Category Archives: Farm Table News – a chat about farming



Doesn’t time go quickly.  In 2010 I wrote saying that the winter of 2010 would the be last winter we had a herd of milking cows on the farm.  I was saying goodbye to the slow old cows.

It was a complete change.  No cows to milk twice a day.  No herd of cows to walk in an out of the fields in summer. 

The farm has changed completely.  We don’t have to have fences to keep the cows in.  We don’t have to have as many grass fields.

We got to know the milking cows because they were here for quite a few years – and they got better looked after than I did!  It was there home.

But, we couldn’t make any money.  The price of milk we were being paid was too low.


A survey done by the Royal Society for the Protection of Birds shows we have these species of birds!

Barn Owl
Grey Bunting
Grey Partridge
Reed Bunting
Tree sparrow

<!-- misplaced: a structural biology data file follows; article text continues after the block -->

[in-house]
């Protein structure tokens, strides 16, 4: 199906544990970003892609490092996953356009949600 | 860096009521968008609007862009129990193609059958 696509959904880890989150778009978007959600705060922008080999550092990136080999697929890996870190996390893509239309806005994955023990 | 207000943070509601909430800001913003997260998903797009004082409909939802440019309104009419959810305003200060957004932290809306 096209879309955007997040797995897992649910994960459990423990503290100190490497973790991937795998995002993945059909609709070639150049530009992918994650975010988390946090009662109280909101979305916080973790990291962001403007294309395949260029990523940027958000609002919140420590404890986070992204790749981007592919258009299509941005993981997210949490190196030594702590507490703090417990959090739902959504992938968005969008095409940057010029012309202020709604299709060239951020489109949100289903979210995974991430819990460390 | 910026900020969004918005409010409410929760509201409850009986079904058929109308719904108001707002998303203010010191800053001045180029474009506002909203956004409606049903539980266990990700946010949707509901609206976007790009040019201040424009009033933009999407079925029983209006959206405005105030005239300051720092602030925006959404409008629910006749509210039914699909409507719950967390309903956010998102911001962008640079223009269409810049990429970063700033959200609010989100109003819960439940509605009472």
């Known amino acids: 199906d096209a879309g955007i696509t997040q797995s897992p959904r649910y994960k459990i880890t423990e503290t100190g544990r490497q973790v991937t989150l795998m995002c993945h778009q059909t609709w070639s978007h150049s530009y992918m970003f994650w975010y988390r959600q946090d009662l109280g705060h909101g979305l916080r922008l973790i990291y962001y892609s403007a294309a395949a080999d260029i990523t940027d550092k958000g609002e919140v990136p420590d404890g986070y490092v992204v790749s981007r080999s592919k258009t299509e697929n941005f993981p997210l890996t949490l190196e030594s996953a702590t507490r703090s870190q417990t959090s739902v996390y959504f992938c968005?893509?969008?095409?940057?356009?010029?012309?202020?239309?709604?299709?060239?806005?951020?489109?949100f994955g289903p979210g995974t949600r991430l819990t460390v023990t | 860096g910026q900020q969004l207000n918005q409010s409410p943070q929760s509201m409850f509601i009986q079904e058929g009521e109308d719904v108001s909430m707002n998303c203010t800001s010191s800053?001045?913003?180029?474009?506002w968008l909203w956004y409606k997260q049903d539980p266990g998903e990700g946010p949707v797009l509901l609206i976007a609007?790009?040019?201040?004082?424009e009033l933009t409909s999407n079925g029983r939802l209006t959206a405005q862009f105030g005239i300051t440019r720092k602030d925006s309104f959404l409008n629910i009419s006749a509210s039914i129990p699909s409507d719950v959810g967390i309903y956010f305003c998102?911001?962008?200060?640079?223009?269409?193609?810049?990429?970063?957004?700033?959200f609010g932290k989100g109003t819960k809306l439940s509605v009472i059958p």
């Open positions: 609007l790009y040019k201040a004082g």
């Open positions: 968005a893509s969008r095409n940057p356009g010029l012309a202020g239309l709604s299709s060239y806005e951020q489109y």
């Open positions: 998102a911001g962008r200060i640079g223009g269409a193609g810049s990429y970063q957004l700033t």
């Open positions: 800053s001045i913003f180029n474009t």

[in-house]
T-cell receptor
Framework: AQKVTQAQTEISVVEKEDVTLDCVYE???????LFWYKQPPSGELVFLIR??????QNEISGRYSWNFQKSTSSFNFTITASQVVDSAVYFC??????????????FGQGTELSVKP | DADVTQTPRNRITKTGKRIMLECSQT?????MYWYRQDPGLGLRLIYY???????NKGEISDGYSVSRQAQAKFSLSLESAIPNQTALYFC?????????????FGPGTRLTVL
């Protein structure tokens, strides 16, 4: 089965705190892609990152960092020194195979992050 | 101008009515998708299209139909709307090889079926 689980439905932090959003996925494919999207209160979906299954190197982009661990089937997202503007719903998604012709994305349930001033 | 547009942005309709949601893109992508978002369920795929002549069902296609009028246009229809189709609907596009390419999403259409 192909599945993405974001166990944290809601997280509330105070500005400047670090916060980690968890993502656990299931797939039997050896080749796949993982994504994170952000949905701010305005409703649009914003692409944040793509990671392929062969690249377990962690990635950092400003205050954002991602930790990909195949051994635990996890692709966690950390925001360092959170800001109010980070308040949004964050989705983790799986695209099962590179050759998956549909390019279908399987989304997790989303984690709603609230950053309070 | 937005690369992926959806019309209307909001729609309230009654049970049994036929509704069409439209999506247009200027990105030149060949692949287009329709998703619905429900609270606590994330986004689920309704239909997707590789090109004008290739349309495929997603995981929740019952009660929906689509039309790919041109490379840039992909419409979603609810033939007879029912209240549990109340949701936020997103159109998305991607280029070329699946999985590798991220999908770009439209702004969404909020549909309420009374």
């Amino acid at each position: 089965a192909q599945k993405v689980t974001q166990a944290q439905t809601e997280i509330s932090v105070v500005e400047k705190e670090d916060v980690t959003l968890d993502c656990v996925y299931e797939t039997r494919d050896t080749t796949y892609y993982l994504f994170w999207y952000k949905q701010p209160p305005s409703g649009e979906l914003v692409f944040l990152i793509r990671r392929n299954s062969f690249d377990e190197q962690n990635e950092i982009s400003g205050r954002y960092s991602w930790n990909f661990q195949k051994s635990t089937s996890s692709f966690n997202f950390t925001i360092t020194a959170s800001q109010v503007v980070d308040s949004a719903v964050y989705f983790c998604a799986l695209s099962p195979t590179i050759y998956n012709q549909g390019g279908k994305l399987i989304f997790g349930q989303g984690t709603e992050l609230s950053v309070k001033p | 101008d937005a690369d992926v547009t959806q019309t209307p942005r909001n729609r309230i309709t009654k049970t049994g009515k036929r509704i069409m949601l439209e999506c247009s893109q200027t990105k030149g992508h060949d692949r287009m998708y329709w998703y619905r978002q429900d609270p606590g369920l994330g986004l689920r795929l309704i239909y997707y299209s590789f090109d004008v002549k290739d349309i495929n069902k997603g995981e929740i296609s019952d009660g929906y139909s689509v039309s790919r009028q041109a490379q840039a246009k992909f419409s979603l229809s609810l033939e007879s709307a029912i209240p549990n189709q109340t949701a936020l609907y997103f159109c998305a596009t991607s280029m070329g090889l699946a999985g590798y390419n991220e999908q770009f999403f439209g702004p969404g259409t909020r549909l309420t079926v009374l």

Turtle Dove

The survey also says that cattle grazing within the mixed farm environment is highly valuable to a range of birds feeding on the increased invertebrate supply associated with livestock – especially swallow, tree sparrow, lapwing etc.

It is a pity that this is not realised more widely. There will not be any cattle grazing within the farm next year. The dairy herd is being sold this winter. The price we get for the milk we sell is just too low. No cows coming in and out of the field each day in spring and summer. The end.


This is the last winter we will have a dairy herd of cows on the farm.  It will be very strange next winter.  But nice.

We also rear calves from birth.  We won’t be doing that next year as we won’t have any cows.